Since it is the new year, we thought we would share this informative article that will show you how to overcome your fear of heights, if you have any…
Have you ever felt dizzy when you looked down from a tall building? Or had butterflies in your stomach when you stood on a high balcony? Known as acrophobia, the fear of heights is quite a common condition.
What is acrophobia?
In Greek, “acron” means heights and “phobos” means fear. Acrophobia affects 1 out of every 20 people. Most people have it in a mild form – they get scared of roller coasters and ferris wheels, and tend to avoid going to the edge of tall buildings, cliffs and ski slopes. However, some people have a more extreme form of this phobia, where they cannot drive on bridges, feel dizzy when they ride elevators or escalators and refuse to enter tall buildings altogether.
Researchers believe that acrophobia is an evolutionary trait, whereby people instinctively get scared of heights and steep drops because it helps ensure their survival. Most people are born with a natural dislike of heights – infants and children included – however, a few people experience this fear to a greater degree.
The symptoms of acrophobia
• Physical symptoms: Breathlessness, dizziness, light-headedness, vertigo, excessive sweating, muscle tension, tremors, heart palpitations, stomach cramps, nausea and headaches.
• Psychological symptoms: Panic, anxiety, fear, and even thoughts of dying.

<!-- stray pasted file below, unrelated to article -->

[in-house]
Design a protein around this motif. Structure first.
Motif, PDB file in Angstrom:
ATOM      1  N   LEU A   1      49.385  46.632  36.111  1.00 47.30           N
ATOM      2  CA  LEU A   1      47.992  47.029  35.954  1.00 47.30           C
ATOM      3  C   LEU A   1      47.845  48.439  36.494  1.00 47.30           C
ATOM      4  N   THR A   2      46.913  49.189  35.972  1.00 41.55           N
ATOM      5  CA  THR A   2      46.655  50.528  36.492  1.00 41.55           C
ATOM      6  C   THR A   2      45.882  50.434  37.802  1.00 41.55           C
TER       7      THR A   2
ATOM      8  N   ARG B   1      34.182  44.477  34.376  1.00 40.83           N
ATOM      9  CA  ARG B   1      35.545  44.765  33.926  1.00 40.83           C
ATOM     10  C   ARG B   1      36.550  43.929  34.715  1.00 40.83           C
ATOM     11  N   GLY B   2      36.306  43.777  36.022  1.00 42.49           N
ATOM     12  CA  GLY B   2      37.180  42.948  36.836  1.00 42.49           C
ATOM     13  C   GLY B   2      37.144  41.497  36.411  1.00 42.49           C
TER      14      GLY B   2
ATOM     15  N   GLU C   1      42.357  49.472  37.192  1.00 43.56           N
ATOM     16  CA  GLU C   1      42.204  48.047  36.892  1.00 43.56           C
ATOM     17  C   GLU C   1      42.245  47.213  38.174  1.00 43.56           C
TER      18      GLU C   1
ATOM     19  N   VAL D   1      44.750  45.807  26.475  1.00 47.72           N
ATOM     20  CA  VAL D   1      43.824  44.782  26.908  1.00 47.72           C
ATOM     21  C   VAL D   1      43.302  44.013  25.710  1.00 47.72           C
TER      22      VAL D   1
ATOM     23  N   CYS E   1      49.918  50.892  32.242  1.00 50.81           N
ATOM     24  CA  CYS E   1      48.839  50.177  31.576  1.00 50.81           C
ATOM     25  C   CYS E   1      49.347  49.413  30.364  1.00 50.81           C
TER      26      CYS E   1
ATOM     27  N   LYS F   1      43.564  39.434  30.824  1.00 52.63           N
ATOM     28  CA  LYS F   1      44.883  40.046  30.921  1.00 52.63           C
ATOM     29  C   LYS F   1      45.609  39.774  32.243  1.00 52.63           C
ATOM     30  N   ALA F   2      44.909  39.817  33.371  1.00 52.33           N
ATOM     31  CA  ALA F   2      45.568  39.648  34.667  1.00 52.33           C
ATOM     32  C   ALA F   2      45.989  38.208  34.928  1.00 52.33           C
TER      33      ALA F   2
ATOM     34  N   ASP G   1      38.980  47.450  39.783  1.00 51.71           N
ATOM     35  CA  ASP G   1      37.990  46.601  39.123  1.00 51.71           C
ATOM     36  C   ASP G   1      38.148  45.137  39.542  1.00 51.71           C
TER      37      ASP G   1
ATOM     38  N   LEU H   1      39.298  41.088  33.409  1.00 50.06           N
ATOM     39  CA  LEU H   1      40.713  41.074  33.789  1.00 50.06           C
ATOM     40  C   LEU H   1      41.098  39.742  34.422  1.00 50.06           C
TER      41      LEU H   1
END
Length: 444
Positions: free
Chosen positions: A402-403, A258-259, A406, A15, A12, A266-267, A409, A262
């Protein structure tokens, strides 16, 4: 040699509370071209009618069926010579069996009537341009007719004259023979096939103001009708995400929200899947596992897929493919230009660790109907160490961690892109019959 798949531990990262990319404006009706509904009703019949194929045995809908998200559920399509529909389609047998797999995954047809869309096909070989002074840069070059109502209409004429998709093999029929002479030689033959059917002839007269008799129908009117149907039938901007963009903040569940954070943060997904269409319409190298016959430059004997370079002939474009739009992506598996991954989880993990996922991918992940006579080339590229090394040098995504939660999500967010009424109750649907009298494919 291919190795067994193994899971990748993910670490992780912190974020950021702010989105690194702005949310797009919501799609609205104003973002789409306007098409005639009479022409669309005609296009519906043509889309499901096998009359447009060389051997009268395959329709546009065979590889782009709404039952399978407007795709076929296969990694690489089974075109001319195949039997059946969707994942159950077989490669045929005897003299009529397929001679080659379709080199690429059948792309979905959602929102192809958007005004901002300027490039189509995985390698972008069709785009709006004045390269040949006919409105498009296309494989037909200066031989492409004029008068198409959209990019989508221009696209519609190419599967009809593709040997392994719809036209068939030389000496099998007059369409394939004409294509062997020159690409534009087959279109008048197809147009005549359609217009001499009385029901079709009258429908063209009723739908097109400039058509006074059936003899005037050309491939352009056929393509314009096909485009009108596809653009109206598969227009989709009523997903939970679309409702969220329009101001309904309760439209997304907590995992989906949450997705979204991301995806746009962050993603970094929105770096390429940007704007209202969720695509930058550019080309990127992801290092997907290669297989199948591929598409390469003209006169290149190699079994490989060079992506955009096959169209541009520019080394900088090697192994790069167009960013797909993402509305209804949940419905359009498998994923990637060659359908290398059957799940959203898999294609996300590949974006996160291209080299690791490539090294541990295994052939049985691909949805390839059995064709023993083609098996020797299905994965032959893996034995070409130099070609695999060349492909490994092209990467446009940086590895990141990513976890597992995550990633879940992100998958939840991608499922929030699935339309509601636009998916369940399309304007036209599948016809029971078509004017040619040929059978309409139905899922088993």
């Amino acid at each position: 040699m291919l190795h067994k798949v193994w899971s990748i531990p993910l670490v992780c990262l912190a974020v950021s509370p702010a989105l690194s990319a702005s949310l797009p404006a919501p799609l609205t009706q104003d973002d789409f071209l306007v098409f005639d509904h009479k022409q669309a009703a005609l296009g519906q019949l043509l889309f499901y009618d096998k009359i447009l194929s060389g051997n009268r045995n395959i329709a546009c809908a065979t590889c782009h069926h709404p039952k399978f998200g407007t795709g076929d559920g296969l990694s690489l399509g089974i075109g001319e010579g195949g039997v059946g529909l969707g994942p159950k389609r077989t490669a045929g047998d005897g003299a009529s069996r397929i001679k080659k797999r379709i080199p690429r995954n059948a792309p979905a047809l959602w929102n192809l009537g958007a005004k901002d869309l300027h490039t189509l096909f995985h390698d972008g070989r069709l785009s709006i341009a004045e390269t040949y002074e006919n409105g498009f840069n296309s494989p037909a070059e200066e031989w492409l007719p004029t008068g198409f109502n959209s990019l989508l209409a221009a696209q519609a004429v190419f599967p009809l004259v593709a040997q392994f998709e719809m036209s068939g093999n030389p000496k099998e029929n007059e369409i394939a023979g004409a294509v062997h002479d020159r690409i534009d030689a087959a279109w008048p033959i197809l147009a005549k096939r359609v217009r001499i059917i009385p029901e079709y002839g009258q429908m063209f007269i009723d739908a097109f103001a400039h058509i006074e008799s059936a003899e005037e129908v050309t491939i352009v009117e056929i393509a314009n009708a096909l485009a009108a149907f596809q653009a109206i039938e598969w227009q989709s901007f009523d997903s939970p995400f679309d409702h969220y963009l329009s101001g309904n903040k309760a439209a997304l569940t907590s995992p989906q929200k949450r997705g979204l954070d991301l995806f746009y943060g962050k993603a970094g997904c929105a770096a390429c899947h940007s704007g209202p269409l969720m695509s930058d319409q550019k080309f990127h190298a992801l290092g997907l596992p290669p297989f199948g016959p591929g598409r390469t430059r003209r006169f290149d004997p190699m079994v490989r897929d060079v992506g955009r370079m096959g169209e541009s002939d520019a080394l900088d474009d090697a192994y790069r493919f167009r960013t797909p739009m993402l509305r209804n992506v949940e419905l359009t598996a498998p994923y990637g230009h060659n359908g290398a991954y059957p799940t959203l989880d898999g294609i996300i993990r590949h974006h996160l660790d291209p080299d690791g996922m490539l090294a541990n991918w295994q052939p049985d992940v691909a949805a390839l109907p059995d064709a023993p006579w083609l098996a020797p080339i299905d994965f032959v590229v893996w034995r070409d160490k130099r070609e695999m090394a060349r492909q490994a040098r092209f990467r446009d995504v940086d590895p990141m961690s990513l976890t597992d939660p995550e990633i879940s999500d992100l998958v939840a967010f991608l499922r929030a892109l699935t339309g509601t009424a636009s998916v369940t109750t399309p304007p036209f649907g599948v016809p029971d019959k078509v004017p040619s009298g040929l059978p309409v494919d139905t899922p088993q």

In severe acrophobics, even standing on a chair can trigger these symptoms!
Overcoming your fear of heights
People who have severe acrophobia, where it interferes with their ability to function on a daily basis, must get psychological treatment for it. There are several therapies and drugs that can help treat this phobia.
For mild acrophobics, here are some tips to help you get over your fear:
If you know that you are going to be dealing with heights, try to prepare yourself in advance. Close your eyes and visualise the situation, understand that it does not pose any threat to your safety and go over all the safety precautions that will be around you to ensure that you do not fall (barriers, railings, harnesses, etc). In the panic of the moment it can be hard to start thinking rationally, so going over these things beforehand could give you a head start.
Earlier, psychologists used to use a technique called flooding to help treat phobias. So, if a person was scared of water for example, they would get thrown into the deep end of the pool so that they were forced to either face their fear or drown. However, it has been found that this technique can not only cause severe trauma but also make the phobia considerably worse. Psychologists now recommend that people confront their fear, but slowly, at their own pace, doing only whatever they are comfortable doing. Try to set small goals for yourself; if you want to make it to the edge of the balcony, start by getting on to the balcony and then slowly moving a little closer to the edge every day.
When faced with anxiety-inducing situations, people often forget to breathe, and this just worsens the symptoms of the fear. Whether you are trying to muster the courage to bungee jump or riding in a really high elevator, focus on taking deep breaths in and out. It will calm you, and take your mind off your fear as well.
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